Week Four Oakland Raiders Takeaways


The Oakland Raiders lost more than the game this week in Denver, they may have lost their quarterback for an unknown time frame. Late in the third quarter, in a game that looked to be grossly one-sided, Raiders quarterback Derek Carr suffered what appeared to be a back injury. While stepping up in the pocket to avoid the Denver Broncos pass rush, Carr was twisted whilst being tackled, instantaneously reaching for his back. It was the last thing Raider fans wanted to see in an important divisional game that was still within reach. With Carr down and their backs against the wall, The Oakland Raiders rallied to within six, only to fall short in the end. In the loss, the Raiders showed that they have the tools they need to win in the division, but seem to have a problem with execution. Here a three of the most glaring takeaways from the Raiders week four loss to Denver.

Week Four Oakland Raiders Takeaways

E.J. Manuel Understands How To Win

With Carr out with a back injury and Connor Cook a healthy scratch, the Raiders placed their success in the hands of newly acquired quarterback, E.J. Manuel.

The former first round pick got off to a shaky start and looked uncomfortable during his first series. That all changed on the following drives, however, as Manuel took the Oakland offense on his back and showed heart in a difficult situation.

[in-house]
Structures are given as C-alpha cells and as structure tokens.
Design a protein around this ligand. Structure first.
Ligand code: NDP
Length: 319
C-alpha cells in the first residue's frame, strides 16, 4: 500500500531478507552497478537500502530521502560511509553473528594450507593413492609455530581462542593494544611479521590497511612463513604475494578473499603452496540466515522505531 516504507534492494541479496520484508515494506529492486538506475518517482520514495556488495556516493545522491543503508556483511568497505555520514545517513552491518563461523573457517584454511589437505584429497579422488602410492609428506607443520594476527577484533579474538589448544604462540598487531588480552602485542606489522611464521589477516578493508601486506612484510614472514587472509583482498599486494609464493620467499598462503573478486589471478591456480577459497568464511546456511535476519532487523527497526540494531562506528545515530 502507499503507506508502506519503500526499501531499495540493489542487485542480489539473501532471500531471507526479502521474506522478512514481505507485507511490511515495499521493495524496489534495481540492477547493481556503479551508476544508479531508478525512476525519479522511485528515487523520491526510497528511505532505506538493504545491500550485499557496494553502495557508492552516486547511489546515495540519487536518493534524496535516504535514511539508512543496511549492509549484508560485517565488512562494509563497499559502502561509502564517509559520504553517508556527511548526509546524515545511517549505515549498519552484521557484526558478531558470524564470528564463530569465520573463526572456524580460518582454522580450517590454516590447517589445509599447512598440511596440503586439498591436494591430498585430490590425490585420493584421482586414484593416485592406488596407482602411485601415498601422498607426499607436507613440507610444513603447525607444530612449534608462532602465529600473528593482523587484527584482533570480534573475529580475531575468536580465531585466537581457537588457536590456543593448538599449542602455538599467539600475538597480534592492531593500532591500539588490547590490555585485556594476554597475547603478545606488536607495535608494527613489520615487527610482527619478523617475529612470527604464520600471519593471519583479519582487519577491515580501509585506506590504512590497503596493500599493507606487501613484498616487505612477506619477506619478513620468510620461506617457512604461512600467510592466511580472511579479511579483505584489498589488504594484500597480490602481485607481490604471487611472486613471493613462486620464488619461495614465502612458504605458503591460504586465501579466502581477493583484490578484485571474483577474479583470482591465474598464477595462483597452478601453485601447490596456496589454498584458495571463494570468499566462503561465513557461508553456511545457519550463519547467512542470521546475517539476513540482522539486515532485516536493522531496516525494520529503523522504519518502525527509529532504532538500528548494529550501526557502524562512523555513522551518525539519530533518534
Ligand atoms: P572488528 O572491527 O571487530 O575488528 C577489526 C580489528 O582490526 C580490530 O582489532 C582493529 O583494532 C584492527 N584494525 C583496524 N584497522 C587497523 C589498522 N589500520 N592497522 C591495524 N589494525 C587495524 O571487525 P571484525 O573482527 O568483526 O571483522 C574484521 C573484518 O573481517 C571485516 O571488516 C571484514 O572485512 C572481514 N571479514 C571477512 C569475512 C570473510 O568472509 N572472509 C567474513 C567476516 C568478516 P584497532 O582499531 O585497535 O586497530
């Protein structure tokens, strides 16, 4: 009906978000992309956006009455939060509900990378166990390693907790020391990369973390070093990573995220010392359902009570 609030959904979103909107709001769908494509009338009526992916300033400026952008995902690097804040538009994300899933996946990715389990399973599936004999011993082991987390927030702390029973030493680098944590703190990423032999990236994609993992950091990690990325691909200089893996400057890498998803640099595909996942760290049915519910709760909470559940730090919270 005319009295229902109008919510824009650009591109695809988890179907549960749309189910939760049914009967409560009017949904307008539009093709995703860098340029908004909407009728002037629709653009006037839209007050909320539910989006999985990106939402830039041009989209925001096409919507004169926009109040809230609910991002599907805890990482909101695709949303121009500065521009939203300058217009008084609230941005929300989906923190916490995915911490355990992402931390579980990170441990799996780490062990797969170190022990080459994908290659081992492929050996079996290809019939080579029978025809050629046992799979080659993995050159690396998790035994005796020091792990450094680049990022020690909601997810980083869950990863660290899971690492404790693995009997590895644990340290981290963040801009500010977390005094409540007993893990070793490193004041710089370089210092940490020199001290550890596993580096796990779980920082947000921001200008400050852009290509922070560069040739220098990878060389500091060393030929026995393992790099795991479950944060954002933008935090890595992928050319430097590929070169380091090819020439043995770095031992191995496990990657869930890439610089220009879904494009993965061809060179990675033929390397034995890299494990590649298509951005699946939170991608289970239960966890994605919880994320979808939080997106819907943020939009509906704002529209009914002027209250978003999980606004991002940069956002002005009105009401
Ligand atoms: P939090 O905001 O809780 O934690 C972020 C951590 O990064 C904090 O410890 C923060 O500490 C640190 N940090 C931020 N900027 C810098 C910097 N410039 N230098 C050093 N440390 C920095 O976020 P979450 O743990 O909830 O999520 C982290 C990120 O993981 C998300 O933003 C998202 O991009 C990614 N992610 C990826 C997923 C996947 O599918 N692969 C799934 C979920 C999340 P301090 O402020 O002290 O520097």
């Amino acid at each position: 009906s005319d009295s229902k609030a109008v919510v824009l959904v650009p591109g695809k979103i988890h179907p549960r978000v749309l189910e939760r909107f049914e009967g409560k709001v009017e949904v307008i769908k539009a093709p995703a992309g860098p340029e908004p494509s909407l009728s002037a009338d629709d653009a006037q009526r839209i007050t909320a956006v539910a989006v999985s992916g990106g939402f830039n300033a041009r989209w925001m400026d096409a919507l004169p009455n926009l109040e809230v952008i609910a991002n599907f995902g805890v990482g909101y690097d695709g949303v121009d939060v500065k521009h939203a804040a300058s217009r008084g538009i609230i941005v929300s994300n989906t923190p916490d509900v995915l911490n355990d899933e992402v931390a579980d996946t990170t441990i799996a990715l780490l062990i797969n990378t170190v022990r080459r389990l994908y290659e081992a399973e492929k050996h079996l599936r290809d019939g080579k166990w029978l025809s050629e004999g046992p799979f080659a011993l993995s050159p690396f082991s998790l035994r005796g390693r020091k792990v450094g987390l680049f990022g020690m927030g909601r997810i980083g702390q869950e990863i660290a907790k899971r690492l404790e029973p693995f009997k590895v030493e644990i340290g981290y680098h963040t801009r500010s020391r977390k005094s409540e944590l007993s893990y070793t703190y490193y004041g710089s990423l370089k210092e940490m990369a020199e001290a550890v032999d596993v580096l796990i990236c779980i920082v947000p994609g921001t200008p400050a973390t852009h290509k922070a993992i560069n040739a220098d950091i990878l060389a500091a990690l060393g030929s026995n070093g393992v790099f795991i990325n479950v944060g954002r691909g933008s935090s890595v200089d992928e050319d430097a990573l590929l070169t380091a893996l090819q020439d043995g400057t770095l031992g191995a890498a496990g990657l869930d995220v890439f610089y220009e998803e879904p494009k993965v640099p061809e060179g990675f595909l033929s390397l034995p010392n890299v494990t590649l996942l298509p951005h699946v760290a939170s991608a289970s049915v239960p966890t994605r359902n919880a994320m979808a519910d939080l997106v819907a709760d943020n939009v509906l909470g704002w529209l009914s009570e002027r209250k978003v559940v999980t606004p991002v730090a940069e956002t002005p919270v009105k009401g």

Showing plenty of confidence in the huddle, and making key plays when his team needed him to, Manuel is going to fill in for Carr nicely.

Raider Nation can only hope that the injury to their franchise quarterback isn’t serious, but they can take a little comfort in knowing that their back-up signal caller can carry the load.

The Raiders Running Game Is a Disaster

The Oakland Raider running game is a mess, and Marshawn Lynch is not the answer. Some of the unit’s woes can be chalked up to the great Denver front seven, the rest can be attributed to mismanagement of talent.

Lynch was brought out of retirement to be the hammer of this Raiders offense. He was supposed to be a short yardage specialist while Jalen Richard and DeAndre Washington shared the carries between the twenties. It was an arrangement that masked Lynches age and highlighted the strengths he still possessed. Up until this point in the season, it hasn’t worked out that way.

The Raiders insist on using Lynch like the Beast Mode of legend, and that approach isn’t working out for anyone. Richard is the future of the Raiders backfield, and the sooner the Raiders recognize this, the better.

Richard will never be the featured runner in Oakland’s backfield. He will serve as a change of pace option, and could be one of the most consistent weapons Jack Del Rio will have on his roster.

It is clear that the Raiders need to shift their philosophy in regards to the run game sooner than later; especially if Carr misses an extended amount time.

Without Crabtree This Offense is Pedestrian At Best

With Michael Crabtree out with a chest injury, the Raider Offense looked stale and dated. They lacked a certain swagger, and it showed.

Crabtree is a lynch pin to what the Raiders want to do, and without him in the lineup, the team looked to Amari Cooper and Jared Cook to pick up the slack. Cooper, who has been dealing with a case of the drops lately, continued to do just that, drop passes.

When the team needed him most, he was out leaped by Denver defensive back, Justin Simmons, for the game ending interception. The pick ended a promising drive that if caught, would have put the Raiders in position to win the game.

The pick was the result of a lack of fight in Cooper, more so than determination in Simmons. It was the type of play and situation that Crabtree loves. Had it been a jump ball for Crabtree, one has to wonder if the game would have ended differently.

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